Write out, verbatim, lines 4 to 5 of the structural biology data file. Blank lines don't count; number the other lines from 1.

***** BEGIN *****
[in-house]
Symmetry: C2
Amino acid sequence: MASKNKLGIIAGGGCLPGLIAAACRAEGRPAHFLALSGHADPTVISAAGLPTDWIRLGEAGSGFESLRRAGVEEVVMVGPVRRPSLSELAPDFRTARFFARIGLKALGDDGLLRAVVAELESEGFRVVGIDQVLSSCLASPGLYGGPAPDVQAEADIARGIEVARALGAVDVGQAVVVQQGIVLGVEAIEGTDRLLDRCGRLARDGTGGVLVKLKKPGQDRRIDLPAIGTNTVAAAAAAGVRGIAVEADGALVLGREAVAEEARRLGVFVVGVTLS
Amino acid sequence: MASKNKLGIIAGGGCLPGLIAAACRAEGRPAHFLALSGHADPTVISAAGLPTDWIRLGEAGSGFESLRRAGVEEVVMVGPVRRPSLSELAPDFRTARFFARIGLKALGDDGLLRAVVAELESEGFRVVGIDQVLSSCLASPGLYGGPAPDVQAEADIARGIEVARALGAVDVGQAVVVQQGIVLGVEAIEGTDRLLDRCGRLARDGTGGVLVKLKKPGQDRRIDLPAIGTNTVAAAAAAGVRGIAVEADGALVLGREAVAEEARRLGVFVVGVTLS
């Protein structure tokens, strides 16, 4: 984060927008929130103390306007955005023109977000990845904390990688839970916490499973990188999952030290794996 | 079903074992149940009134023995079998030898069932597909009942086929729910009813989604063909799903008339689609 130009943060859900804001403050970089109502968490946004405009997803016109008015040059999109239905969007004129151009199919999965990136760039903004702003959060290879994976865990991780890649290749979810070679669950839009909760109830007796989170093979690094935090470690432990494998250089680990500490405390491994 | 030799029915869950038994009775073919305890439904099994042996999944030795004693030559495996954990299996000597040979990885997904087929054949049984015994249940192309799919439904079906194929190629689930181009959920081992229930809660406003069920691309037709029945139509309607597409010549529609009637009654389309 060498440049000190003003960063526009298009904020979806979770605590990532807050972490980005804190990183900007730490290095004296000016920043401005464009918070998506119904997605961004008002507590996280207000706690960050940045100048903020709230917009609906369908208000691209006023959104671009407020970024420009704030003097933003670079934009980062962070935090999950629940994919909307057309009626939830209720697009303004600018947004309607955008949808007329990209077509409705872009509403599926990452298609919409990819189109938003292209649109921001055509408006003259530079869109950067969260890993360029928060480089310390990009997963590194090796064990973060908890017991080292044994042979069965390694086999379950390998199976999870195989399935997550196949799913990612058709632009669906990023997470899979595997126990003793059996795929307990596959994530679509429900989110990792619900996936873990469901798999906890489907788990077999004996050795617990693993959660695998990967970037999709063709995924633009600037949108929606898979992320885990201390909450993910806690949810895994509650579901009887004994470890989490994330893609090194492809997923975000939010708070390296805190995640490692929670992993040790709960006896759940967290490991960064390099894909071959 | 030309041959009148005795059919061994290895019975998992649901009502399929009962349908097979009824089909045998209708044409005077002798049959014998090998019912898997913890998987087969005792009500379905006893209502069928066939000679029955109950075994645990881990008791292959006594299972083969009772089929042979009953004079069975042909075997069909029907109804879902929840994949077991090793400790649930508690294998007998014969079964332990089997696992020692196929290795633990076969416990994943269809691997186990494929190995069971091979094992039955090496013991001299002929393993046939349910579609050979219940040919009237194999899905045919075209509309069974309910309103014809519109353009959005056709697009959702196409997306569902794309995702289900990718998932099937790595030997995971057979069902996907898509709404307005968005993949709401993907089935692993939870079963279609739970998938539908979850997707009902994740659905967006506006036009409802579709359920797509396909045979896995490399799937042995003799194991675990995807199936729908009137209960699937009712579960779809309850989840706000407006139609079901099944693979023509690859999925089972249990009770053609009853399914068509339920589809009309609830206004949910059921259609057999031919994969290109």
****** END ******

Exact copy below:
Amino acid sequence: MASKNKLGIIAGGGCLPGLIAAACRAEGRPAHFLALSGHADPTVISAAGLPTDWIRLGEAGSGFESLRRAGVEEVVMVGPVRRPSLSELAPDFRTARFFARIGLKALGDDGLLRAVVAELESEGFRVVGIDQVLSSCLASPGLYGGPAPDVQAEADIARGIEVARALGAVDVGQAVVVQQGIVLGVEAIEGTDRLLDRCGRLARDGTGGVLVKLKKPGQDRRIDLPAIGTNTVAAAAAAGVRGIAVEADGALVLGREAVAEEARRLGVFVVGVTLS
């Protein structure tokens, strides 16, 4: 984060927008929130103390306007955005023109977000990845904390990688839970916490499973990188999952030290794996 | 079903074992149940009134023995079998030898069932597909009942086929729910009813989604063909799903008339689609 130009943060859900804001403050970089109502968490946004405009997803016109008015040059999109239905969007004129151009199919999965990136760039903004702003959060290879994976865990991780890649290749979810070679669950839009909760109830007796989170093979690094935090470690432990494998250089680990500490405390491994 | 030799029915869950038994009775073919305890439904099994042996999944030795004693030559495996954990299996000597040979990885997904087929054949049984015994249940192309799919439904079906194929190629689930181009959920081992229930809660406003069920691309037709029945139509309607597409010549529609009637009654389309 060498440049000190003003960063526009298009904020979806979770605590990532807050972490980005804190990183900007730490290095004296000016920043401005464009918070998506119904997605961004008002507590996280207000706690960050940045100048903020709230917009609906369908208000691209006023959104671009407020970024420009704030003097933003670079934009980062962070935090999950629940994919909307057309009626939830209720697009303004600018947004309607955008949808007329990209077509409705872009509403599926990452298609919409990819189109938003292209649109921001055509408006003259530079869109950067969260890993360029928060480089310390990009997963590194090796064990973060908890017991080292044994042979069965390694086999379950390998199976999870195989399935997550196949799913990612058709632009669906990023997470899979595997126990003793059996795929307990596959994530679509429900989110990792619900996936873990469901798999906890489907788990077999004996050795617990693993959660695998990967970037999709063709995924633009600037949108929606898979992320885990201390909450993910806690949810895994509650579901009887004994470890989490994330893609090194492809997923975000939010708070390296805190995640490692929670992993040790709960006896759940967290490991960064390099894909071959 | 030309041959009148005795059919061994290895019975998992649901009502399929009962349908097979009824089909045998209708044409005077002798049959014998090998019912898997913890998987087969005792009500379905006893209502069928066939000679029955109950075994645990881990008791292959006594299972083969009772089929042979009953004079069975042909075997069909029907109804879902929840994949077991090793400790649930508690294998007998014969079964332990089997696992020692196929290795633990076969416990994943269809691997186990494929190995069971091979094992039955090496013991001299002929393993046939349910579609050979219940040919009237194999899905045919075209509309069974309910309103014809519109353009959005056709697009959702196409997306569902794309995702289900990718998932099937790595030997995971057979069902996907898509709404307005968005993949709401993907089935692993939870079963279609739970998938539908979850997707009902994740659905967006506006036009409802579709359920797509396909045979896995490399799937042995003799194991675990995807199936729908009137209960699937009712579960779809309850989840706000407006139609079901099944693979023509690859999925089972249990009770053609009853399914068509339920589809009309609830206004949910059921259609057999031919994969290109």